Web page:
• Onaje | July 11, 2013 11:39 AMReply

    Also to act as if when you see and think Bill Cosby, Sidney Poitier, Paul Roberson...you think Wesley Snipes is a flat out lie... Wesley was the guy that would typically get cast as the gangster, hood, deviant, yet flipped that into being a ladies man and hero...that was a major thing. He wasn't a classical prototype of the infamous "Safe Negro" look...

    Also if I'd have to pinpoint a dark skinned entertainer that wasn't in that "safe" image that made being it more attractive outside of stereotypical roles it would be Eddie Murphy before Snipes...

  • Onaje | July 11, 2013 11:32 AMReply

    really? this is what we are going to do? We are going to act as if the dark skinned black male has been given a gift in the industry or in some way had it easier? Okay...if that is true why is it the dark skinned black male has one of the poorest images? Oh because they cast themselves in these many diverse and well written atypical roles they get...yup lighter skinned people have it soo bad...

    I would agree women have it much worst, but to try to paint this picture like being a Black male especially a dark skinned black male has been one of privilege is dismissive of the truth and trails they face to not just be seen, but be respected and be empowered enough to control their image...

    Why not a discussion on "Dark Boys"?!? Incredibly dismissive...

  • AccidentalVisitor | July 12, 2013 12:18 AM

    You're twisting things. No one is suggesting that the industry has been easy on any type of black people, regardless of complexion. We are disputing however Morris' vision that dark-skinned black actors were hidden away in the backlots of Hollywood studiosuntil Wesley Snipes came in and changed perceptions. That's bs.

  • AccidentalVisitor | July 11, 2013 11:01 AMReply

    Yeah, those comments by Morris are strange. Other than possibly daytime TV there has never been too long a stretch over the past fifty or so years in which dark-skinned black men were being neglected in favor of ligh-skinned black men in Hollywood. Hollywood, for the most part, hasn't even known what to do with light-skinned black men.

    Maybe some people's definition of light-skinned differ from mine. For example I put Billy Dee Williams under the dark-skinned category but there are a couple of people I've known who thought differently. I don't think Billy Dee can pass any "bag test" so thus he is definitely dark-skinned to me; there are simply various shades of "dark" (as they are for "light").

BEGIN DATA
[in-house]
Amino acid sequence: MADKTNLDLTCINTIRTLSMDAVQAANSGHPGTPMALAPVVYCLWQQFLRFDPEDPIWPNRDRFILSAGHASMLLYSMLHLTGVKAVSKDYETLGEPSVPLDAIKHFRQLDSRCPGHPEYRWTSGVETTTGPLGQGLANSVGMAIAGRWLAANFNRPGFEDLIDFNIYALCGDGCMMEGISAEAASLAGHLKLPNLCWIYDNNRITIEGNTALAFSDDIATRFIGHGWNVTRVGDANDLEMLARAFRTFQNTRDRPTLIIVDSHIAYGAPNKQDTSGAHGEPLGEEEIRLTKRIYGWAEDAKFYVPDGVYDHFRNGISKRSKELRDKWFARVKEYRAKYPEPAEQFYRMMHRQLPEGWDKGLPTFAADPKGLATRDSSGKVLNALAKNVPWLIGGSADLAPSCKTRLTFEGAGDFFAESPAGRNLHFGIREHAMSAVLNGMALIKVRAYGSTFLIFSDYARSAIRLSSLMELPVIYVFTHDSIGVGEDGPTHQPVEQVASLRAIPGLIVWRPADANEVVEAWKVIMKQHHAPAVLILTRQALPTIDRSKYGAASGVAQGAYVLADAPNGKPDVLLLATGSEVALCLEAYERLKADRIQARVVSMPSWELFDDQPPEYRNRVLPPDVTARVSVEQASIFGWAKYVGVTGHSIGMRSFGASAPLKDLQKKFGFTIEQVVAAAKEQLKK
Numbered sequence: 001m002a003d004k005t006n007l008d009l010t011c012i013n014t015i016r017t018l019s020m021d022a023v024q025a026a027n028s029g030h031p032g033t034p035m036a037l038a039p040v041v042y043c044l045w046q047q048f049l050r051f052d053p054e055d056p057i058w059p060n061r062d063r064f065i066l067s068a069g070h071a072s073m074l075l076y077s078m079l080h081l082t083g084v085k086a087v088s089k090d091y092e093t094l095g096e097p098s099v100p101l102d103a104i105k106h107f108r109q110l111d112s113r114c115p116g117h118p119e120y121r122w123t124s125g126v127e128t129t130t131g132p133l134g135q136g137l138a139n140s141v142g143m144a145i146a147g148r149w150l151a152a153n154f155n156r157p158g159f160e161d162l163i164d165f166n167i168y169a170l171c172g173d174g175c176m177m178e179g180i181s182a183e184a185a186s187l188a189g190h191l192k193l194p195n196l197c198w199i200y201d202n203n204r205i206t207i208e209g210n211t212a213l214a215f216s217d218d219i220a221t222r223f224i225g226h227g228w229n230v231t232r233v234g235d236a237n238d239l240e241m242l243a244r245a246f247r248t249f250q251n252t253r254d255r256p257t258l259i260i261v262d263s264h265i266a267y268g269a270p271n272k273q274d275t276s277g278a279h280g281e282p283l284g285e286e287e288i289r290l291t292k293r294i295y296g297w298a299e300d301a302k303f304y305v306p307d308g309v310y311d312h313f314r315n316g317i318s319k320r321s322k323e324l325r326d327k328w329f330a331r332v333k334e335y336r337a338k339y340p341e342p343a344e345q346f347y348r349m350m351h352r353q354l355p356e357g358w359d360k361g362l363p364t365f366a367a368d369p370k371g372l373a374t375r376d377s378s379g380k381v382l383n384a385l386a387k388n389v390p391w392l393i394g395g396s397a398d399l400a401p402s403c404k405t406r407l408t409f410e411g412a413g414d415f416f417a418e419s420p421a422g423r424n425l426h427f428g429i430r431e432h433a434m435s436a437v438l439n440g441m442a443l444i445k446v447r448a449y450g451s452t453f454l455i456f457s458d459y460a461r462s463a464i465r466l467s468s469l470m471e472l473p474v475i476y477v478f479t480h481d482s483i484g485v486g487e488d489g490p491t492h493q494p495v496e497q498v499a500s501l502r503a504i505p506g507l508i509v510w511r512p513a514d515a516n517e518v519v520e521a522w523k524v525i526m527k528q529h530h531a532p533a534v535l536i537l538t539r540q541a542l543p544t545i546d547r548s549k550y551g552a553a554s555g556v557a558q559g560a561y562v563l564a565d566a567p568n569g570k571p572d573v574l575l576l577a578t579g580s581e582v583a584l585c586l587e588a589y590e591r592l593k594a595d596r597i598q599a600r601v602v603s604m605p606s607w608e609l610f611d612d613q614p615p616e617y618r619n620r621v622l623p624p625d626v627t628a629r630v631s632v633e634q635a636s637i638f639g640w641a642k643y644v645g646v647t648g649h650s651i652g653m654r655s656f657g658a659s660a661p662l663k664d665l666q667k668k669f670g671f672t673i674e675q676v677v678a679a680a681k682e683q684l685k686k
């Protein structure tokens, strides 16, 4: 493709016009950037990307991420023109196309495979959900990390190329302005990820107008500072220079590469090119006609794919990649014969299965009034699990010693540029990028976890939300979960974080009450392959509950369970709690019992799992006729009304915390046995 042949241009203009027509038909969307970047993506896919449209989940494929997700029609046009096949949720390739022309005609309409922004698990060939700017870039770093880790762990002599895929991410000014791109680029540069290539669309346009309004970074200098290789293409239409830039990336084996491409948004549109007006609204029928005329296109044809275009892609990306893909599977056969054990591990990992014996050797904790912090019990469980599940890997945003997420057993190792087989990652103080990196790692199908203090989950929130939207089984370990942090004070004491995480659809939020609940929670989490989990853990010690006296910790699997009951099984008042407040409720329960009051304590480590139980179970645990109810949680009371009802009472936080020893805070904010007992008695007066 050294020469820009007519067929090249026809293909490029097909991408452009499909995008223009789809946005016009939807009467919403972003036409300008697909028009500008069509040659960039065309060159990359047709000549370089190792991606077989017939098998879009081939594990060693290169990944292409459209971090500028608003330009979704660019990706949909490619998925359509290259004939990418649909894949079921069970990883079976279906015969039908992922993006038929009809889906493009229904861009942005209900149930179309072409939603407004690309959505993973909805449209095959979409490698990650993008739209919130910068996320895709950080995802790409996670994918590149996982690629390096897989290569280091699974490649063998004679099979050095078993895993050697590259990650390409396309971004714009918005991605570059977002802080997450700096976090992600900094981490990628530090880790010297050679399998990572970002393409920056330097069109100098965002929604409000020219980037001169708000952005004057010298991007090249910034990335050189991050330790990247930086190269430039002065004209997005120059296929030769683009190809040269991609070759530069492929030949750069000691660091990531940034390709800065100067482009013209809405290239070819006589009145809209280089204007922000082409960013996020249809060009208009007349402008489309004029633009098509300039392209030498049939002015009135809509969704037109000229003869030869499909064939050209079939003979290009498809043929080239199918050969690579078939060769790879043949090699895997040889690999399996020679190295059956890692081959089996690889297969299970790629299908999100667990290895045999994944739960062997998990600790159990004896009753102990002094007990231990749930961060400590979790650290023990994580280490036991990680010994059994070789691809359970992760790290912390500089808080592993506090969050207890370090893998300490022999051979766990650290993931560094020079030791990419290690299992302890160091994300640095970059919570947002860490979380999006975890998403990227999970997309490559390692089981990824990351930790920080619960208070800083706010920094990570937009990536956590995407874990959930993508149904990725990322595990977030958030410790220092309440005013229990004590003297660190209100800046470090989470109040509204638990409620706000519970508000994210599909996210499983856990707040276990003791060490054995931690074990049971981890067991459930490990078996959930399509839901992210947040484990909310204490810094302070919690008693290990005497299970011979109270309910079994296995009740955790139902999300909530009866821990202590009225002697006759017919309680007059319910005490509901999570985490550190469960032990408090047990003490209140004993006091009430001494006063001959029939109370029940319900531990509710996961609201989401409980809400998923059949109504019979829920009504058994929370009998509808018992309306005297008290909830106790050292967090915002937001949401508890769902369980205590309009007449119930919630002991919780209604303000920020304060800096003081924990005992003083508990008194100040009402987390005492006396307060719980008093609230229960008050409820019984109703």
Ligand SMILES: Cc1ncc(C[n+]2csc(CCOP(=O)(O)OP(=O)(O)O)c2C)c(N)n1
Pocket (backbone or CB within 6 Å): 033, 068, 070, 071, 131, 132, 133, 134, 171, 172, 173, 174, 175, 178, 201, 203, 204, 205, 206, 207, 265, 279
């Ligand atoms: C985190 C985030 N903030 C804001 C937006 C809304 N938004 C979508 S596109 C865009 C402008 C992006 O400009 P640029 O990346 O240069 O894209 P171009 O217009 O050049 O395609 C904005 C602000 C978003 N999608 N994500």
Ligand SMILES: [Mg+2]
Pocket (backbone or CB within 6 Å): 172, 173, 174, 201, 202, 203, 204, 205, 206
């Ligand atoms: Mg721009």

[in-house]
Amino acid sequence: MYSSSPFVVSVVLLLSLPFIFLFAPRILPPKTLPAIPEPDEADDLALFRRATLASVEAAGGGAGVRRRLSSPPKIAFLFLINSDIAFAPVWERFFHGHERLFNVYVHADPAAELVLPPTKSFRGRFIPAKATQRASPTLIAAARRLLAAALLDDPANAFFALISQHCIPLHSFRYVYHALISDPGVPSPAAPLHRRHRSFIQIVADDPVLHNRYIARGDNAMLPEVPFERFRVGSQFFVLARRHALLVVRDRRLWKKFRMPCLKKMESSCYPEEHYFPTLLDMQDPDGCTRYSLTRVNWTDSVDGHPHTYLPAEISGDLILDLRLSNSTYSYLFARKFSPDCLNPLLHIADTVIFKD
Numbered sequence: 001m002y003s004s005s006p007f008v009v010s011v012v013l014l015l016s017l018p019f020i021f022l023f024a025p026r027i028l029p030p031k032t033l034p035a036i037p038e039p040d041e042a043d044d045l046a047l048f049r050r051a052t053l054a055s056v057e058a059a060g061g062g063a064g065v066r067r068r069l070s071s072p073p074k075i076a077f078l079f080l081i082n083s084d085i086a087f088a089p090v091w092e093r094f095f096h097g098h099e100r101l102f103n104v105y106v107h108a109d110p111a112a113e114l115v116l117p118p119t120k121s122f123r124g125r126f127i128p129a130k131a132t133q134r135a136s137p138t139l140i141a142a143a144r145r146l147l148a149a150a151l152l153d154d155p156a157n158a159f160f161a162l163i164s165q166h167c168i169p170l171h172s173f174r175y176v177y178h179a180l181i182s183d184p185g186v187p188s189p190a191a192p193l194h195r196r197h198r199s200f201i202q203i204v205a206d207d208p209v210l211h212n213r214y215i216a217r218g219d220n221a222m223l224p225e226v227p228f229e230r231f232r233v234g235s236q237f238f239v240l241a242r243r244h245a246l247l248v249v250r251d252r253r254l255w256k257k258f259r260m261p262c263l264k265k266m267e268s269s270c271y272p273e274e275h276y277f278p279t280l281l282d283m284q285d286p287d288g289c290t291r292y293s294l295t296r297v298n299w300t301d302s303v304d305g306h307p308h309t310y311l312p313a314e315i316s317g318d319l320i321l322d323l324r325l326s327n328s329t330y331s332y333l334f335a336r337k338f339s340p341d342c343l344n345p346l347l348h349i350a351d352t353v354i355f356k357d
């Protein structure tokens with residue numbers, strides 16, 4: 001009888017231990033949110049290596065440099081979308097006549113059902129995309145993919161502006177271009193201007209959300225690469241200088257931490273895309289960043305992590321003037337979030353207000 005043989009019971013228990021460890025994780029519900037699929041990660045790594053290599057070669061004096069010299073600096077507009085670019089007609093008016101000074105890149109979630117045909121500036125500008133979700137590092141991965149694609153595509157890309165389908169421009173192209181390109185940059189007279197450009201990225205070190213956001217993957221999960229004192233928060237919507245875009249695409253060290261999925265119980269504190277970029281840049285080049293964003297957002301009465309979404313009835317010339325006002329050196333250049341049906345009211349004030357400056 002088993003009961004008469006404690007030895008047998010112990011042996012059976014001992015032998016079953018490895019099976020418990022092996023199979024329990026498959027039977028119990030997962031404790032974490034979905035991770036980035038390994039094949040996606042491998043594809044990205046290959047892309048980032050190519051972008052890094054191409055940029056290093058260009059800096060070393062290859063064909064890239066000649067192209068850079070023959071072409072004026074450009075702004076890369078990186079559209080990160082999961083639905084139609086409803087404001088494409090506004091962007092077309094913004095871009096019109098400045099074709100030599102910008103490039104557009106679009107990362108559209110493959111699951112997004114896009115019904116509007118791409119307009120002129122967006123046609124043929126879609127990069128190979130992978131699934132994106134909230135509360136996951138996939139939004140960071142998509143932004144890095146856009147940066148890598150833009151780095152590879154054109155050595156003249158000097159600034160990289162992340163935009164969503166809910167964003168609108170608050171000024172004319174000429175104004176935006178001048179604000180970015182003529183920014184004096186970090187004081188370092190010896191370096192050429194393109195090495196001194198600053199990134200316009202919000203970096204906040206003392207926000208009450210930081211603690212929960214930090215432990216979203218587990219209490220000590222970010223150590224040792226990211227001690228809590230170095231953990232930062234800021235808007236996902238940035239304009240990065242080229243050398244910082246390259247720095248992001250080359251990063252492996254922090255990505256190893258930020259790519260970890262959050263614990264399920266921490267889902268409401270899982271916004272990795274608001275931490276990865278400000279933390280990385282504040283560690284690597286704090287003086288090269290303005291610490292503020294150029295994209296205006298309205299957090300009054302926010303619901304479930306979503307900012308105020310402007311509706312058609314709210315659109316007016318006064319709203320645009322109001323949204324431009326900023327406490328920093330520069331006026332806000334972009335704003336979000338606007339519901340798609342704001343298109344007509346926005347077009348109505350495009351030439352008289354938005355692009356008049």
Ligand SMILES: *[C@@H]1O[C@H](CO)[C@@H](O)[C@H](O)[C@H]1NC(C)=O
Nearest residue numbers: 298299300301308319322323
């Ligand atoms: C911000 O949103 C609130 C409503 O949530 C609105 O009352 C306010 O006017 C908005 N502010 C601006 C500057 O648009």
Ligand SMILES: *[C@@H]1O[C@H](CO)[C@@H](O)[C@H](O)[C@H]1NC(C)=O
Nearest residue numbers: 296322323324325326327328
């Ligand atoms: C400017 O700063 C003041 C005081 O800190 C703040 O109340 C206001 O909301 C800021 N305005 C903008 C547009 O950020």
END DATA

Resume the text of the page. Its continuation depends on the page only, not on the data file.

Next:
• lauren | July 12, 2013 8:32 AM

    @accidental visitor-that's not what I'm saying at all. Note that Idris Elba and his fine self is NOT on that list! What I meant is there's an obvious double standard; ie are any black actresses that have the same level of "attraction" as the men I mentioned getting much work? No. Light complexioned, pretty women are the go to choice. Like Oceans 13 for example: There's brad Pitt, george Clooney, Matt Damon...AND Don Cheadle and Bernie Mac! If there was a black woman in the group do you have any doubts it would be Paula Patton, Halle Berry et al and NOT Adepero Oduye? It's a man's world at the end of the day irregardless of race. How about Phillip Seymore Hoffman paired with Marisa Tomei in before The Devil Knows You're Dead?

  • AccidentalVisitor | July 12, 2013 12:21 AM

    I don't know what Lauren is trying to say. Is she suggesting all of those "5" level black actors who are lucky to get chicks are not so attractive because they are of darker somplexions?

  • lauren | July 11, 2013 12:12 PM

    *get...

  • lauren | July 11, 2013 12:11 PM

    Puleaze! What kind of play would Danny Glover, Don Cheadle, Forrest Whitaker... if they weren't known actors? Your dime a dozen and natural selection comments are off topic and wack.

  • Troy | July 11, 2013 11:30 AM

    Lauren even stranger comment from you. Are you saying most black male actors are in attractive and because of that they couldn't even get a coffee date from their com-stars in the real world. Yea you see how Halle Berry gets passed around in the real world. Beautiful women are a dime a dozen. It doesn't even transfer in their survival ability. Natural selection says beauty will not extend a woman's life expectancy.